4,099
431
Big Bend of the Tennessee River's Right Bank.
.... I cannot believe the audacity of the hawk. I threw rocks at it to get it to leave and it just sat and watched. It had no fear......
50 years ago no hawk would even sit in a tree or on a powerline and allow a human to drive past him. You see all the farmers carried a loaded shotgun in the cab of their pickup truck. Therefor any hawk who set around to long was apt to catch a load of #4 shot.

Now after being protected out the yazoo I expect hawks to perch on your shoulders while scoping out which one of your chickens to kill for a quick mid day snack.
 

Aneesa's Muse

Songster
11 Years
Jun 8, 2008
999
2
164
SF Bay Area
I'm sorry to read about so many losses. I've lost 7 of 12 ducklings, in less than a week. Two 3.5 yo standard size dairy goats live in the same fenced area as my ducks and ducklings. I also have a big dog. And quite a few deterrents hanging from trees, etc. Even a decent crow population.

Nothing has worked. I came outside first thing this morning to find the hawk sitting on a low branch...

#frustrated
 

Granitestater

Chirping
Jul 19, 2019
61
94
58
I have also lost hens to Hawks. I have a 20 by 30 space fenced off in my back yard I used the yellow tape used at crime scenes and construction crews and strung it every 2 feet back and forth at the top of fence, it flaps in the breeze and Hawks are afraid of getting wings hung in it so they have give up so far..my wife says it looks likes a redneck solution but if it works I don't care.
Cute picture Teppler
 

Granitestater

Chirping
Jul 19, 2019
61
94
58
We had a new neighbor move in next door. They have been building and erecting things like crazy. One day my husband said, "know what those things are?" On each side of their property were long metal poles with a cross bar at the top. I was not happy to hear what they were, watch roost for hawks. Oh my gosh I thought, here I am trying to watch the sky and protect my chickens and a predator lover has moved in next door. I don't hate or even dislike the Red Tail Hawks but I've lost too many chickens to them AND they ARE protected here in California. So what I've been doing is tossing out bread and fruit scraps to the chickens and the crows come in and snatch some of it. They have even make nest in two of our trees. You may ask, so what? The crows will not tolerate hawks in their area, they dive bomb them until they fly off! Now we haven't lost a chicken to the hawks since!

Another thing you can do is make a short legged platform and set it in the chicken yard, they will run under it if they spot a hawk or shadow of a large bird. All it takes is for the rooster to sound out his alarm and the hens will run for cover. We don't have a rooster so one of the senior hens sound the alarm if she suspects danger.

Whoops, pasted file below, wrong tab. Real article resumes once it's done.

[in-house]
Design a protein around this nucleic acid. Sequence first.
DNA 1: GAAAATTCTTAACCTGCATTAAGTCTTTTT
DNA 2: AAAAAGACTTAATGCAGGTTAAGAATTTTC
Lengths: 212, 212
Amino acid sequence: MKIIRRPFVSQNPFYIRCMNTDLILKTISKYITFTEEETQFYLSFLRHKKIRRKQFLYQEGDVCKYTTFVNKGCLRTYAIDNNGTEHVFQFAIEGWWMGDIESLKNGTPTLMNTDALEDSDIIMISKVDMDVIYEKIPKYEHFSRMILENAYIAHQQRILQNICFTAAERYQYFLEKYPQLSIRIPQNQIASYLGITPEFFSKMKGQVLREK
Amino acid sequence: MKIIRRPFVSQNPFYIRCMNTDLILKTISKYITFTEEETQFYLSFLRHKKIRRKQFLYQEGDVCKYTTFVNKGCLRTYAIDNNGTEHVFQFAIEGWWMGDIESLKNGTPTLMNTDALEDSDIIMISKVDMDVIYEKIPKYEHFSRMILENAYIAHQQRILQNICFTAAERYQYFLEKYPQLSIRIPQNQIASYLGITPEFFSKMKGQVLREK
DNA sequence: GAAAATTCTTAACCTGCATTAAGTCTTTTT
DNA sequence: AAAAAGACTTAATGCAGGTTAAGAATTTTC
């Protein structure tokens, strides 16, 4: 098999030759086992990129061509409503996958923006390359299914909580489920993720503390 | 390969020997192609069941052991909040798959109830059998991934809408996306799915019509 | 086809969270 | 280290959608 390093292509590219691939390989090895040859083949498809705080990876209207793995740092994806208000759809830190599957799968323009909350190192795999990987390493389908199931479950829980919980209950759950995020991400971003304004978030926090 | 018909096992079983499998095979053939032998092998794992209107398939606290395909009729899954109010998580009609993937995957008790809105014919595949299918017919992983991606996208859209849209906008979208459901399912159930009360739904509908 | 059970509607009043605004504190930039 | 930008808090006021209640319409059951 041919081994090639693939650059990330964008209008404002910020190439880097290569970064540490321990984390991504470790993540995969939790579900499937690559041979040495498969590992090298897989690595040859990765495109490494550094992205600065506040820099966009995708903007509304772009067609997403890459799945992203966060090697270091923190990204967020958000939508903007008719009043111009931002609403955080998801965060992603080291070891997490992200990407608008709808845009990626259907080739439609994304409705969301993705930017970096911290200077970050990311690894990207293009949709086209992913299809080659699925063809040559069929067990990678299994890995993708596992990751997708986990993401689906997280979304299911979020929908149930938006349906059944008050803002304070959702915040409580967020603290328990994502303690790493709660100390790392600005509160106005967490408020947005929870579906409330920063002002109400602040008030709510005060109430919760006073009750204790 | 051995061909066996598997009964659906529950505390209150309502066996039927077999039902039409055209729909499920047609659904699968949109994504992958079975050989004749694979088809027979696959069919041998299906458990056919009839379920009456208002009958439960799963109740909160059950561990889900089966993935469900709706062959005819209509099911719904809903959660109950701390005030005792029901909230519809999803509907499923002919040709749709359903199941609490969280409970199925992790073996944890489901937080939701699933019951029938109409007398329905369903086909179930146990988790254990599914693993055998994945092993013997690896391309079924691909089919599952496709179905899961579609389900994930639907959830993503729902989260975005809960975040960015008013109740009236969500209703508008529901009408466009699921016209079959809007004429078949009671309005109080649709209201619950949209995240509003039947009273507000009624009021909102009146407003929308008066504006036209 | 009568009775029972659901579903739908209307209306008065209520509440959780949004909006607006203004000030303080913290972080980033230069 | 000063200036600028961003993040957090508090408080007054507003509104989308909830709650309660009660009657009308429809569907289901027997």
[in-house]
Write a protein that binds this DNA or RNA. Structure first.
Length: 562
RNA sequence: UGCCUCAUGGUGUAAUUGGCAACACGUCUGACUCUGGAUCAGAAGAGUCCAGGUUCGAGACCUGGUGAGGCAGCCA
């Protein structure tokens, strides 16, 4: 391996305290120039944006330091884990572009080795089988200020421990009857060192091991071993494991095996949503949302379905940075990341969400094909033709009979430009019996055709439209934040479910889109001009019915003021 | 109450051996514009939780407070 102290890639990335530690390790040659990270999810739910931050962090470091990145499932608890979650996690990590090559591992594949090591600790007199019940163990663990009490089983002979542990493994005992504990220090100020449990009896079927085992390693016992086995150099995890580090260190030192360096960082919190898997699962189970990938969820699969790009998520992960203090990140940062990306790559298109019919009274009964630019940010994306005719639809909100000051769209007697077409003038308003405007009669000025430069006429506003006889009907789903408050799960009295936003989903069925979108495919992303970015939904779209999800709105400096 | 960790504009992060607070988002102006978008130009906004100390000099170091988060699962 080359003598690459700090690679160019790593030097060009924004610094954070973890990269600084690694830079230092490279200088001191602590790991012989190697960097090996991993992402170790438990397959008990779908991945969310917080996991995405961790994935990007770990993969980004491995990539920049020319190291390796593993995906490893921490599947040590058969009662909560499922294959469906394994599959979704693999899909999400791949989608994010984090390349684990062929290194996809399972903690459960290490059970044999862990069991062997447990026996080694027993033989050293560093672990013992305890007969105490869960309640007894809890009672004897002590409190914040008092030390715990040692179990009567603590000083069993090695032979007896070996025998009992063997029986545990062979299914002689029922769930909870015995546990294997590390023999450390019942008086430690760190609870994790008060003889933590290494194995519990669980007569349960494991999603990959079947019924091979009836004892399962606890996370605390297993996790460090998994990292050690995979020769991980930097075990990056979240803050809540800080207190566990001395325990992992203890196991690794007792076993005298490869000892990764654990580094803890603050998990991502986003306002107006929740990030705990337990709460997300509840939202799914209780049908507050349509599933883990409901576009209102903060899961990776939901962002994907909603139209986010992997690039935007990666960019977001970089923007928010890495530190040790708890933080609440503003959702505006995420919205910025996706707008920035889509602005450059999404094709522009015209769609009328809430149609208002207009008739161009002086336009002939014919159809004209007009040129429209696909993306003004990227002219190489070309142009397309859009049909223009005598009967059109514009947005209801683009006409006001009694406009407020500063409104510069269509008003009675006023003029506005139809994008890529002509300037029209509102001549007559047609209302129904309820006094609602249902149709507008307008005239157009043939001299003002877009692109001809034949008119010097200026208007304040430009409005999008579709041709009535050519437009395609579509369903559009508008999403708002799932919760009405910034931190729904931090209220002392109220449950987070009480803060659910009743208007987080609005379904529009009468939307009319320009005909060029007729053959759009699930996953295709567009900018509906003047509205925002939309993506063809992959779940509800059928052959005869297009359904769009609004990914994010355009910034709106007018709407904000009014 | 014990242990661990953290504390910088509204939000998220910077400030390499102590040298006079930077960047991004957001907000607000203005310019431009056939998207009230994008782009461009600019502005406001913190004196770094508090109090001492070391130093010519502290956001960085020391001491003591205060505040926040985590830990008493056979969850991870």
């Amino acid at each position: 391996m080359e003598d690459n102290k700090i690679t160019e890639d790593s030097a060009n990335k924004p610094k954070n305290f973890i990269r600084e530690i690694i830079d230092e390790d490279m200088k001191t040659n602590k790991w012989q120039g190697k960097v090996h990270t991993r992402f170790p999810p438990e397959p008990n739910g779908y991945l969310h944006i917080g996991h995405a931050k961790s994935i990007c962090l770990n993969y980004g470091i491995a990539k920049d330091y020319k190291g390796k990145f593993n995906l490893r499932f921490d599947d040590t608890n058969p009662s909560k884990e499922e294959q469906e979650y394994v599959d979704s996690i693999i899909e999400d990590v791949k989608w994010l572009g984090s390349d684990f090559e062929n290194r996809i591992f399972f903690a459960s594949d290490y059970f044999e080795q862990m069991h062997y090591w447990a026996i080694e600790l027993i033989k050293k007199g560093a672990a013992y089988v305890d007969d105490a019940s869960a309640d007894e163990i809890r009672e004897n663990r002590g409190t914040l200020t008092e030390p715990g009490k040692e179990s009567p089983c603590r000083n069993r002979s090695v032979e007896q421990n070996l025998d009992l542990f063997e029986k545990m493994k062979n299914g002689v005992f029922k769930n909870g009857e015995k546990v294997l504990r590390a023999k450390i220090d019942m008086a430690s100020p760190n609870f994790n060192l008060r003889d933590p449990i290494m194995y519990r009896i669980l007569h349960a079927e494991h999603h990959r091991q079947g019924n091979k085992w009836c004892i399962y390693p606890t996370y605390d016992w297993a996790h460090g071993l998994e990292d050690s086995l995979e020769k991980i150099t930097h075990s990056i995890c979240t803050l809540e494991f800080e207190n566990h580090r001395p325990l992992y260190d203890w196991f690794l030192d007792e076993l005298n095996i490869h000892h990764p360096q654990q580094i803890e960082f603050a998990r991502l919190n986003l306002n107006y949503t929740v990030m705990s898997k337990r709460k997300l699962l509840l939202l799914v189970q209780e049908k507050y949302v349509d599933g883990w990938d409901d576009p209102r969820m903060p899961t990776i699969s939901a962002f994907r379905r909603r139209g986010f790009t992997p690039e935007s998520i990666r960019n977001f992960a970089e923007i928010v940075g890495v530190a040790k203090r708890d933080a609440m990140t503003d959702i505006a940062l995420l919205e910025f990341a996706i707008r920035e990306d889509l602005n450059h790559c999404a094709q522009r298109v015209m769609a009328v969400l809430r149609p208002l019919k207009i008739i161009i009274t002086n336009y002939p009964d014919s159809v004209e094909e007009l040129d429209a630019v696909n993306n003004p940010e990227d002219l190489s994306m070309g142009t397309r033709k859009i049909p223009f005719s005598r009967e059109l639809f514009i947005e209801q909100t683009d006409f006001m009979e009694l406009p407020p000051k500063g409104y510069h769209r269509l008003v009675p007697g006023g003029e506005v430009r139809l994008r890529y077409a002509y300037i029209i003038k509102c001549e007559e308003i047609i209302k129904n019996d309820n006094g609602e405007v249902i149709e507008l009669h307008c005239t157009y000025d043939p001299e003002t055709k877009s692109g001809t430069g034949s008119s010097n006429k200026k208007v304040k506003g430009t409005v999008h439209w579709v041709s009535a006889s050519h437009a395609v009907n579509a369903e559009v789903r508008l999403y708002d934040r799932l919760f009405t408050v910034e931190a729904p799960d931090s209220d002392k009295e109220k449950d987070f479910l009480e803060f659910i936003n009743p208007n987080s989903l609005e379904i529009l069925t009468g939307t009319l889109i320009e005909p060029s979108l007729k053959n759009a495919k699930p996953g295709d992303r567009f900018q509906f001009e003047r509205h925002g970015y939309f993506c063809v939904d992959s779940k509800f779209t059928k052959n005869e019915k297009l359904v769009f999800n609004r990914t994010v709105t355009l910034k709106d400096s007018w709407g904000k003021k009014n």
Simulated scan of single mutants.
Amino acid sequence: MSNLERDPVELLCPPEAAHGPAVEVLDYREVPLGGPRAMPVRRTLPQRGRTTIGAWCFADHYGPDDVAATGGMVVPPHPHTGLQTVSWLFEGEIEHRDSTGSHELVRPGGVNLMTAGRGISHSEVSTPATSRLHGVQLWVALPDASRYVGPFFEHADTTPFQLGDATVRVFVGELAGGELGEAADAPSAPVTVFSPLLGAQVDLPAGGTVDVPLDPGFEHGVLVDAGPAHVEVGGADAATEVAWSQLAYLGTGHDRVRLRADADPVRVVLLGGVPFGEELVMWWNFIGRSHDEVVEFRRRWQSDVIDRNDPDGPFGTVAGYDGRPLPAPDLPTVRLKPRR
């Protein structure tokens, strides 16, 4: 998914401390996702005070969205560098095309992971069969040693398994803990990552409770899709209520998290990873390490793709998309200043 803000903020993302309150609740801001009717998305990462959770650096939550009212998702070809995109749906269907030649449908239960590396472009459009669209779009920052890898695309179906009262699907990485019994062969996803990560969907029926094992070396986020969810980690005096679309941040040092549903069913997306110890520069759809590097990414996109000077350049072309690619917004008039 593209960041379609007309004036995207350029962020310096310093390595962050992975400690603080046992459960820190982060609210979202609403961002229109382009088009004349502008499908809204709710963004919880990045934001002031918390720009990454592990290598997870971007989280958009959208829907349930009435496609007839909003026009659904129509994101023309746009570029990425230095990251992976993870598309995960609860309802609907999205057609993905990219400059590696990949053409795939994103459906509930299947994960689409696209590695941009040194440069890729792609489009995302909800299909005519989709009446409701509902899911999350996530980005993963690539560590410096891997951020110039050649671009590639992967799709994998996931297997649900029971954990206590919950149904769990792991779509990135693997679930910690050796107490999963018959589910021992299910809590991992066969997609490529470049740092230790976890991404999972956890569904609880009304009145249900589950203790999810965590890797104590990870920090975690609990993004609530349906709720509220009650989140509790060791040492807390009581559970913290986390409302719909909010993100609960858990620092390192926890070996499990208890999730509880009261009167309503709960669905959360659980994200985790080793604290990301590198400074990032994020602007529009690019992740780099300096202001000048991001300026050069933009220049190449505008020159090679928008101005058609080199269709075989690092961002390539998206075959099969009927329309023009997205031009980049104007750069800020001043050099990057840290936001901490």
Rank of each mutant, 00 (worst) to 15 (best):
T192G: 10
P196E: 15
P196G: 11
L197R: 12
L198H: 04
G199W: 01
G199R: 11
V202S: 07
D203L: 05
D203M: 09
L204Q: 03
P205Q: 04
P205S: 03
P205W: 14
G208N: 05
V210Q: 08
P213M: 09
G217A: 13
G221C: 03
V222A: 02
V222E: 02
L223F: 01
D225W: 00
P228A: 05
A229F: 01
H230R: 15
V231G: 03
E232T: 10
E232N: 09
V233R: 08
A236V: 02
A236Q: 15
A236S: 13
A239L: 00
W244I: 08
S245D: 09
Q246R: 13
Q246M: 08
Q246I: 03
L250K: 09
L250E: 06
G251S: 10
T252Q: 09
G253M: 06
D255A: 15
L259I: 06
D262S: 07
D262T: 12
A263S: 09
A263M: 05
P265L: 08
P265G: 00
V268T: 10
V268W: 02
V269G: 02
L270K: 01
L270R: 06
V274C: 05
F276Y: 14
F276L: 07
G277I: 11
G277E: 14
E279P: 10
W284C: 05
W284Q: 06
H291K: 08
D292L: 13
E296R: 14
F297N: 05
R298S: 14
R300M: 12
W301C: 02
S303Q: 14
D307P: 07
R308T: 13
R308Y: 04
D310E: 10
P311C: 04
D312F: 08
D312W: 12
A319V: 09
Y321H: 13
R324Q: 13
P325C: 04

Hope this helps!
Now this is helpful; didn't know that about crows!
 

Granitestater

Chirping
Jul 19, 2019
61
94
58
Unfortunately we suffered a hawk attack on Monday of this past week here in Kentucky. It must have been a smaller hawk as it didn't kill my Silver Laced Wyandotte but she was injured severely. She had been pecked in the eye, the butt feathers completely stripped and neck feathers on left side with a very deep hole in her neck. We rushed her to our vet who said she had a 50/50 chance. Luck and some strong medical care were on her side. She is doing much better, clucking and carrying on (might be the pain meds) but are happy she is acting like a normal chicken. The attack totally made me ill as I was the one who caught it in the act. We have a very secure pen and coop but was letting them free-range for a few hours each day. Now I wait until late in the afternoon and have been outside with them each day, and have a bb gun on me at all times. I know this isn't always feasible and am looking for ways to make our place unattractive. We have a rooster, he is a Buff Cochin and not very aggressive. He does keep an eye out and crows like crazy when the hawks come around, the hens (all 21) just ignore him! My husband read the crows will run off hawks....anyone familiar with this?
I r recently caught a hawk on my hen, was alerted by the flock going crazy. Ripped her neck apart but like you w veterinary care she is doing well. Interestingly she had never laid an egg but after 8 days on antibiotics and living in the house she starting laying large eggs! Now reintegrate into flock the boys are jumping her which never before. But question for you re: bbgun. I know nothing a guns. Could you tell me how to use it, cost, safety, whatever I should know? Will it not kill but scare them away? Is that your hope? Thanking you in advance😊